Back in November, I applied to Write Team Mentor who randomly chose 100 applicants to pitch our novels in a Twitter pitch event to 35 mentors. At this point I’d just finished my Big Bad Book and figured the pitch at the end of January would be plenty of time to go over everything. Instead, I ended up moving twice, getting a full-time job, setting up my new place over the holidays when everyone was in lockdown, and didn’t really start editing until a few days before the big pitch day.
So on January I pitched with what was essentially a first draft (albeit, the newest of many first drafts).
These were my pitch tweets:
Each tweet was tweaked to be better than the last, and I wrote many that I deleted just to try again. I think that last one was my strongest, which I only managed to get to with some generous help from a friend. And just for fun I also tweeted an aesthetic:
If I’m being honest, SC was not ready to be queried. I still had changes I wanted to make, and there was something missing from it, something I couldn’t put my finger on. From where it started eleven years ago, I’ve fixed:
- the passive MC issue
- the foggy setting issue
- the bland side characters issue
- the excess characters issue
- the pacing issue
- the plotless issue
- the focus issue
- the character wants issue
- the punctuation issues
- the focus issue
- the Mary Sue issue
- the side plot issue
- the wrong setting issue
- the character background issue
- the starting issue
- the age issue
- the saggy middle issue
- the diversity issue
- the character soup issue
Frankly, there’s still more to fix, but it’s getting harder to figure out what needs fiction.
Today I got back the review of my submission package. This included feedback on my query, which seems pretty good, I just needed to move a few things around.
My synopsis was WAY too long, like more than twice what it should’ve been. Oops. I had no idea. I kind of left it until last and then got really into writing, and I do have a tendency to write more than I need.
The review had a lot of good things to say, which is reassuring. Things like:
- in was a clear and succinct synopsis
- the story sounds action-packed and enjoyable
- MC sounds fun and active and readers will root for her
And then came the actual constructive stuff pointing out what I need to work on:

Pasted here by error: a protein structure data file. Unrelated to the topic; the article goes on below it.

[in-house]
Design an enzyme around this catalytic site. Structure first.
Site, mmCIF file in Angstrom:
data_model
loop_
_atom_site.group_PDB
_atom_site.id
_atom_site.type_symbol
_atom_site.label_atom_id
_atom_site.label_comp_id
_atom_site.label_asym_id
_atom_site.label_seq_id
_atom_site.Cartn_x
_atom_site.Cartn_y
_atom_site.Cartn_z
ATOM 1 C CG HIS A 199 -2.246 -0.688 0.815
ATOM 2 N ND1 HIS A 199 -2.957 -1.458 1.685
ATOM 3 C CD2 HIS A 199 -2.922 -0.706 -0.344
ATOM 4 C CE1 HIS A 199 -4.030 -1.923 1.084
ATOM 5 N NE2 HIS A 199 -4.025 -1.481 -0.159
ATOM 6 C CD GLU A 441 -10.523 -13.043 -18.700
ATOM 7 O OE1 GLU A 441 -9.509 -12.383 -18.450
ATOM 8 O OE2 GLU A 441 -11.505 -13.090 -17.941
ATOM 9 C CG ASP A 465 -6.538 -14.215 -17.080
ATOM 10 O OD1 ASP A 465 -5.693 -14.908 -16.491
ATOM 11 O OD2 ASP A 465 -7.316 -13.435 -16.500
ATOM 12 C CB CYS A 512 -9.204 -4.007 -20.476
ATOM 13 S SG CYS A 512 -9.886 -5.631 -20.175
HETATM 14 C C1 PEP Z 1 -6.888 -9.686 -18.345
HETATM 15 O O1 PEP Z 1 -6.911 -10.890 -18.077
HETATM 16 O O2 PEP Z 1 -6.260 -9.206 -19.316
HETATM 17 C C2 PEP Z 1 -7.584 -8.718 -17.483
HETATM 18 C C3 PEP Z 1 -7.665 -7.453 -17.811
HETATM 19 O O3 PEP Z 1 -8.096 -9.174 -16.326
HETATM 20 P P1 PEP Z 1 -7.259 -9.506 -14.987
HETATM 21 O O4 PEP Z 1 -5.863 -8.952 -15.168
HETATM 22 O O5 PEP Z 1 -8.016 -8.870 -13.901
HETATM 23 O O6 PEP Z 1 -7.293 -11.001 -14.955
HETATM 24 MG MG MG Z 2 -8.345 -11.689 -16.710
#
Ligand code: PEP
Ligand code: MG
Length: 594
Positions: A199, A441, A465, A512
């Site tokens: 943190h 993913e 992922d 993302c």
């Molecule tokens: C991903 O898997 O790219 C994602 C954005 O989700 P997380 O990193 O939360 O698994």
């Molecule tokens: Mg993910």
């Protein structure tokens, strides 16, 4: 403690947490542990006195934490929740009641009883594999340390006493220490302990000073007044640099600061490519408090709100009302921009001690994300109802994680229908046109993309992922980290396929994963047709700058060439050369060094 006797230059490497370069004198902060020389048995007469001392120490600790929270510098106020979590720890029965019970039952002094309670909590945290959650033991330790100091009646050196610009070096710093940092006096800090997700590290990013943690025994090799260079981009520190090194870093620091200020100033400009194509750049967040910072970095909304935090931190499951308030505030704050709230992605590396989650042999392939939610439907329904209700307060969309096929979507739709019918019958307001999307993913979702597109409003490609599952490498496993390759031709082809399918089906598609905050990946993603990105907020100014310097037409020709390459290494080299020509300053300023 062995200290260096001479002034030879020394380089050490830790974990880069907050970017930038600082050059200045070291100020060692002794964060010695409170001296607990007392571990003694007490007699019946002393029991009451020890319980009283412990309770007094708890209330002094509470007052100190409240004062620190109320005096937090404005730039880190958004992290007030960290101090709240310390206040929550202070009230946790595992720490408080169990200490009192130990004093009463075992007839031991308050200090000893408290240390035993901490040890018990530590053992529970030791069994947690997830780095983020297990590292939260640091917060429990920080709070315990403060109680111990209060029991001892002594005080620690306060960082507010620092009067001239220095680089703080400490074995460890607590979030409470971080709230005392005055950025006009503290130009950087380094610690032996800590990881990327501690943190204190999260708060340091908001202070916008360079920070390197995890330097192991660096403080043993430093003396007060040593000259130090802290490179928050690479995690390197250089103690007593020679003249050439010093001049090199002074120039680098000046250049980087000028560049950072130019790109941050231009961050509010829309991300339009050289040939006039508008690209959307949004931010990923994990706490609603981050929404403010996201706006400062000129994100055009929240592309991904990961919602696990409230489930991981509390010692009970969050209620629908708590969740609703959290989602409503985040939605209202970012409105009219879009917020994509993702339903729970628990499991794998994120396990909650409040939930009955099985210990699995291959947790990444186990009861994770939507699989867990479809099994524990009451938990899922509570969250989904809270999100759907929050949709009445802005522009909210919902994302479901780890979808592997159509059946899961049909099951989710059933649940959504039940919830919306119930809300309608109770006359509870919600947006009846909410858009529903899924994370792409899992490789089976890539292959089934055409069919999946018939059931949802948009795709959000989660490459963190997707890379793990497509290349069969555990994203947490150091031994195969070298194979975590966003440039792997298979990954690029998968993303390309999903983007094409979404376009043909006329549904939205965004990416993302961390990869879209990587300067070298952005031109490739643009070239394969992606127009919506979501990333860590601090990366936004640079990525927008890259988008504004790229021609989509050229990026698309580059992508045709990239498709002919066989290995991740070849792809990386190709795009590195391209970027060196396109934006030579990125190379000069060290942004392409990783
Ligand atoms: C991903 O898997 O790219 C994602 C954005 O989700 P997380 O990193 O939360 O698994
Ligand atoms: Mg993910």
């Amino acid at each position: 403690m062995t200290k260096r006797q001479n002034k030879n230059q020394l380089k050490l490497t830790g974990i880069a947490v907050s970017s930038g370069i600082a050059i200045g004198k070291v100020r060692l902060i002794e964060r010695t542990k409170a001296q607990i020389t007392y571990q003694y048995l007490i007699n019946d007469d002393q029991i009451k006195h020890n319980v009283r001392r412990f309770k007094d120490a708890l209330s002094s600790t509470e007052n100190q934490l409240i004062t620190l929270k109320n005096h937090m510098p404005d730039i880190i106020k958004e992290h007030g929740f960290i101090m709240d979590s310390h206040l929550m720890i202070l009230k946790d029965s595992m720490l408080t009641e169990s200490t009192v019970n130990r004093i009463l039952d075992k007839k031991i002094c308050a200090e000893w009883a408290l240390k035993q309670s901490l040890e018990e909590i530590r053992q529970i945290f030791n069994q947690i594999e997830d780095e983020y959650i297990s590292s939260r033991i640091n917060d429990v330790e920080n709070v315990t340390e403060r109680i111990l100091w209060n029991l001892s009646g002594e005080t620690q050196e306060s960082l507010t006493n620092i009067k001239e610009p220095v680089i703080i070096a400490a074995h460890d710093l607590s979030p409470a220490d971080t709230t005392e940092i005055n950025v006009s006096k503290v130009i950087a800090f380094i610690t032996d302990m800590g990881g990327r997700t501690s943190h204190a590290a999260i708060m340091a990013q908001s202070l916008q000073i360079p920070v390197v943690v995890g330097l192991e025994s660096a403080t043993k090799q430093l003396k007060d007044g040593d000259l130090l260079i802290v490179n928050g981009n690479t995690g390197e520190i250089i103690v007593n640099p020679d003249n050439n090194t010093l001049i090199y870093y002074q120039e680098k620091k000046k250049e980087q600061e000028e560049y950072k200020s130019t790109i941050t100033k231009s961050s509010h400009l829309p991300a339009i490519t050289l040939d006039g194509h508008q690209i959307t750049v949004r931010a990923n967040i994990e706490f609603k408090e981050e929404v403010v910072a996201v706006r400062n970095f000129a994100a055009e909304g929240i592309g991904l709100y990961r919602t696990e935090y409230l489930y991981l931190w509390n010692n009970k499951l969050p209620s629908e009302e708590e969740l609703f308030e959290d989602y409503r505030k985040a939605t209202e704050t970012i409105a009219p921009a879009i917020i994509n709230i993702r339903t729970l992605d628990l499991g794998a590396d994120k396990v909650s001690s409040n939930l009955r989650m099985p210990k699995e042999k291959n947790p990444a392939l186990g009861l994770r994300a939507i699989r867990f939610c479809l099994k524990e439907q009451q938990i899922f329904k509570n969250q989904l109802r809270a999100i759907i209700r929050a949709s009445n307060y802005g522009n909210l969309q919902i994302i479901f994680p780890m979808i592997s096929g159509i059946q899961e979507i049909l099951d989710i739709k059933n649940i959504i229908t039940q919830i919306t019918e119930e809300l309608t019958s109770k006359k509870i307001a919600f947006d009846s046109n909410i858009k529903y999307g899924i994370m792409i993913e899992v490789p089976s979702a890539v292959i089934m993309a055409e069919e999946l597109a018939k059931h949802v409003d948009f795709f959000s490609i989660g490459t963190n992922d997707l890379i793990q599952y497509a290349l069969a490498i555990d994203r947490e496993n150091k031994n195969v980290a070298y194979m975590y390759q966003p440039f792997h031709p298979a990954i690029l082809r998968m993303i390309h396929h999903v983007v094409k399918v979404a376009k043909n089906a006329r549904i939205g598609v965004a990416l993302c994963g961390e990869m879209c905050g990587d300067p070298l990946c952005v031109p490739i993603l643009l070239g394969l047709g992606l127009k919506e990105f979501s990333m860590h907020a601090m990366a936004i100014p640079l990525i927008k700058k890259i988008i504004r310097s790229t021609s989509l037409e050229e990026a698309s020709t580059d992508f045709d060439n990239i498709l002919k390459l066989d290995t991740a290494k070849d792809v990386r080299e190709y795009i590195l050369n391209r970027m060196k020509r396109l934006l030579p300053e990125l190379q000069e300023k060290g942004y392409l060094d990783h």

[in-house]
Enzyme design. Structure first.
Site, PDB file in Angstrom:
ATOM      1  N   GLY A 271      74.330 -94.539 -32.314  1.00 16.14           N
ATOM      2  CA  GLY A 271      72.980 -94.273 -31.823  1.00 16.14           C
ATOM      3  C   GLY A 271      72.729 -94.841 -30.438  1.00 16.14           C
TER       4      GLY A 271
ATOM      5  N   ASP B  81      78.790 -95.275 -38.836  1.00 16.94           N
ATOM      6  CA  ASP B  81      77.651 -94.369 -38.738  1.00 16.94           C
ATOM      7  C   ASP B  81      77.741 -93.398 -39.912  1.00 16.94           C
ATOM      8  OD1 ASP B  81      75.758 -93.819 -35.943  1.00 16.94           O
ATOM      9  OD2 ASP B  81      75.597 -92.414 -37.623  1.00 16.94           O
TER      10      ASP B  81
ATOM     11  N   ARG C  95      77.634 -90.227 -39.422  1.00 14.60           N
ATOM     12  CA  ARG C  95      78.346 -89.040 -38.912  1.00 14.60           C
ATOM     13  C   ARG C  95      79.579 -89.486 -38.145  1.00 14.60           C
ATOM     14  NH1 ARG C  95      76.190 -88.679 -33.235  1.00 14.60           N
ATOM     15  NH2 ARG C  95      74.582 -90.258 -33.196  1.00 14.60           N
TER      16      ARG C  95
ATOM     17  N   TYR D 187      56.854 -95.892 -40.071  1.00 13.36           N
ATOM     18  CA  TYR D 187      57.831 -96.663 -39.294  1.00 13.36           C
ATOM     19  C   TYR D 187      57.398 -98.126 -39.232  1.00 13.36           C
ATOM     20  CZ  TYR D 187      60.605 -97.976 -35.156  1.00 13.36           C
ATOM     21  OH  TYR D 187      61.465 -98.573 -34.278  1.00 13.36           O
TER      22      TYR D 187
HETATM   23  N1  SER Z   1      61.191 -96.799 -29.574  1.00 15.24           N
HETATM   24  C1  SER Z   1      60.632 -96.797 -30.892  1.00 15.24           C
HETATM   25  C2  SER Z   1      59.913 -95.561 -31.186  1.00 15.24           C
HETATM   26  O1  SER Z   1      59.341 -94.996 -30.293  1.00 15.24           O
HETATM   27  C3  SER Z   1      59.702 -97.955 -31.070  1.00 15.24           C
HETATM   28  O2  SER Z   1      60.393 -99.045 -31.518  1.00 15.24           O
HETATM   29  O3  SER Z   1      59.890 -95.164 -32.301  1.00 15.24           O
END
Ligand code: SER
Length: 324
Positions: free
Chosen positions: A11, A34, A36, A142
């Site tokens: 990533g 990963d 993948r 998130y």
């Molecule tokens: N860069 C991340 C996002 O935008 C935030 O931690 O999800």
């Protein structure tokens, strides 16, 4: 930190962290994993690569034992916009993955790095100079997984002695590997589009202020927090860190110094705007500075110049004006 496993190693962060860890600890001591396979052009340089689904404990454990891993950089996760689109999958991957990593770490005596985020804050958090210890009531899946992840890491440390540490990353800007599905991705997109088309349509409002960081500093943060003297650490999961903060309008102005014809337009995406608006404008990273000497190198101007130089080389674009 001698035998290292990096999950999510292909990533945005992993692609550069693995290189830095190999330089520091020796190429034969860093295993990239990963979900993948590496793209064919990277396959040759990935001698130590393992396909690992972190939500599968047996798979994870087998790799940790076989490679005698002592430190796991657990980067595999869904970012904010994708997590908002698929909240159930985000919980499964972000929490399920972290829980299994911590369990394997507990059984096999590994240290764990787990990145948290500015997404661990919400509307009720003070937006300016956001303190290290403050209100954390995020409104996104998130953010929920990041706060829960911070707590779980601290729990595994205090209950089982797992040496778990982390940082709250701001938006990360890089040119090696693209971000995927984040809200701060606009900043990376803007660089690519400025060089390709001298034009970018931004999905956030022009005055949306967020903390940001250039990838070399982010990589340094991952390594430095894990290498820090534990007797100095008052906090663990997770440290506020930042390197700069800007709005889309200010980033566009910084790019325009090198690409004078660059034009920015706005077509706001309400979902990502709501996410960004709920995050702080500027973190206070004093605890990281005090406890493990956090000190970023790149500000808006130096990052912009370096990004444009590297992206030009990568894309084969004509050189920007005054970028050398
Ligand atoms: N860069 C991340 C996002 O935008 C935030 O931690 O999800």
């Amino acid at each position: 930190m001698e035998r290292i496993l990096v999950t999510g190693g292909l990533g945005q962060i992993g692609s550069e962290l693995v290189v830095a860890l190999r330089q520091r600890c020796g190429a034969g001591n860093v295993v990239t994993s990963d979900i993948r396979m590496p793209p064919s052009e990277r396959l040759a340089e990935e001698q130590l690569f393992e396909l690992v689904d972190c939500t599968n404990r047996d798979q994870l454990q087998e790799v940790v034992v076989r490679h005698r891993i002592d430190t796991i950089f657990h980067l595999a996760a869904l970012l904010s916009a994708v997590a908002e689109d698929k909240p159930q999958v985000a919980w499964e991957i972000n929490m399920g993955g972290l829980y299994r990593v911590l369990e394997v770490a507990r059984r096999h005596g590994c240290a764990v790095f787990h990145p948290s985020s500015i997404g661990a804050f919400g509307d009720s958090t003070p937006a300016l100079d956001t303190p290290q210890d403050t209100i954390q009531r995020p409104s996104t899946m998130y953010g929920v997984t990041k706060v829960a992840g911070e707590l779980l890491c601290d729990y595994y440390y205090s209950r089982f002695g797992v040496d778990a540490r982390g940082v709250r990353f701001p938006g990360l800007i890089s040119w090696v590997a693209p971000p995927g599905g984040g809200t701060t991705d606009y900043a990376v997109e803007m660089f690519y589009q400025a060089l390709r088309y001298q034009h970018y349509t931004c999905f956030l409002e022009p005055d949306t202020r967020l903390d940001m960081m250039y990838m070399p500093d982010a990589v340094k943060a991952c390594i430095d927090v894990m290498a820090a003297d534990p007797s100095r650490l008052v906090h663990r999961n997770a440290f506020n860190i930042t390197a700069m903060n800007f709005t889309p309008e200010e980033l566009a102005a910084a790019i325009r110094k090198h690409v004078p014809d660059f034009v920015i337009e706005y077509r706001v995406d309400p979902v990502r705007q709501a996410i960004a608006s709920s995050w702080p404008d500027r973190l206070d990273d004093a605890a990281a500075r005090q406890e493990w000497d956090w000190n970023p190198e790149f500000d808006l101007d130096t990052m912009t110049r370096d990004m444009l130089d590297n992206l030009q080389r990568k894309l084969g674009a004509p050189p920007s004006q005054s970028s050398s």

- synopsis is way too long
- too much like screenwriting, in that I’m leaving out the parts an actor or a set would bring to the story. (Understandable. I have done a lot of screenwriting over the course of this draft.)
- It’s missing a common thread to sew together the scenes. Essentially, my MC doesn’t have a clear need.
I’ve been fighting my screenwriter’s instinct since I started writing scripts, so it’s not much of a surprise that I need to keep working on that. But damn, that last point was a lightbulb moment. Minus the actual fix, that is. It was exactly what I needed to hear, the whole reason I submitted in the first place, the issue I couldn’t figure out. I’d figured out all my MC’s wants, but never really outlined her need, and that kept the story from going where I wanted it to go. Hell, I’m not sure I even know her need. Evidently, it shows.
If you’re interested in reading my query letter and synopsis, I just started a Patreon and will post them there for the Pretty Precious Patron Tier as a Work-In-Progress Sneak Peek. (Just the first page of the synopsis though because 1. it’s super long and 2. Spoilers!. You can find my Patreon here: Ivy Precarious is creating writing and videos | Patreon
So now that I know what’s missing, I should be able to improve it. But honestly? I’m tired. I love this story, and I’m not tired of it, but I’m tired of the work it takes. It’s been over eleven. damn. years. I have other ideas to plot, stories to write, projects to pursue, and I feel like I can’t properly give my attention to anything else until I see this one through. But there’s still so much to be done, and for all I know, it could be another eleven years or even more, or I’ll maybe die first. I dunno, maybe I’m just burnt out, but at some point SC stopped lifting my spirits and began to get heavy. Now it feels like it’s dragging me down, and maybe that’s a sign that I should shelve it for a while, but I don’t know how to do that. I don’t see myself stopping until it’s done, no matter how heavy it gets. I suppose we’ll see just how much weight I can take.